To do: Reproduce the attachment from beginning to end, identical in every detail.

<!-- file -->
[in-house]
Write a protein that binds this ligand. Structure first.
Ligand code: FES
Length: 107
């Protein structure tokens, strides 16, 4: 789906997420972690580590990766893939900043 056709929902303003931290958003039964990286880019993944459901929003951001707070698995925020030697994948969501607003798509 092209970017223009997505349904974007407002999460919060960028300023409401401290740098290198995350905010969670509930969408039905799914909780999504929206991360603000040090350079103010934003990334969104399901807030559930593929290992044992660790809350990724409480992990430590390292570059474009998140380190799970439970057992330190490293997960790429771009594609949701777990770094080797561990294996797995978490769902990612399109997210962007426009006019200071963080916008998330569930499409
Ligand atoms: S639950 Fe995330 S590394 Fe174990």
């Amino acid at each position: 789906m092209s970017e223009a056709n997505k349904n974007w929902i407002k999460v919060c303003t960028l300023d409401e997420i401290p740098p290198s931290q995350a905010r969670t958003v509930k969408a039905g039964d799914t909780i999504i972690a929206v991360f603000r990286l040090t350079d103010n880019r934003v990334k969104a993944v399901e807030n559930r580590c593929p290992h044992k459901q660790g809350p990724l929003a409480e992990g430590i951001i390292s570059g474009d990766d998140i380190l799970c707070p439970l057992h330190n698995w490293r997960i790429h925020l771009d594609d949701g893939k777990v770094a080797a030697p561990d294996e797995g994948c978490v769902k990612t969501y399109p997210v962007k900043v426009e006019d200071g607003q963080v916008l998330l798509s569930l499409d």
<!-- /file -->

[in-house]
Write a protein that binds this ligand. Structure first.
Ligand code: FES
Length: 107
């Protein structure tokens, strides 16, 4: 789906997420972690580590990766893939900043 056709929902303003931290958003039964990286880019993944459901929003951001707070698995925020030697994948969501607003798509 092209970017223009997505349904974007407002999460919060960028300023409401401290740098290198995350905010969670509930969408039905799914909780999504929206991360603000040090350079103010934003990334969104399901807030559930593929290992044992660790809350990724409480992990430590390292570059474009998140380190799970439970057992330190490293997960790429771009594609949701777990770094080797561990294996797995978490769902990612399109997210962007426009006019200071963080916008998330569930499409
Ligand atoms: S639950 Fe995330 S590394 Fe174990």
């Amino acid at each position: 789906m092209s970017e223009a056709n997505k349904n974007w929902i407002k999460v919060c303003t960028l300023d409401e997420i401290p740098p290198s931290q995350a905010r969670t958003v509930k969408a039905g039964d799914t909780i999504i972690a929206v991360f603000r990286l040090t350079d103010n880019r934003v990334k969104a993944v399901e807030n559930r580590c593929p290992h044992k459901q660790g809350p990724l929003a409480e992990g430590i951001i390292s570059g474009d990766d998140i380190l799970c707070p439970l057992h330190n698995w490293r997960i790429h925020l771009d594609d949701g893939k777990v770094a080797a030697p561990d294996e797995g994948c978490v769902k990612t969501y399109p997210v962007k900043v426009e006019d200071g607003q963080v916008l998330l798509s569930l499409d």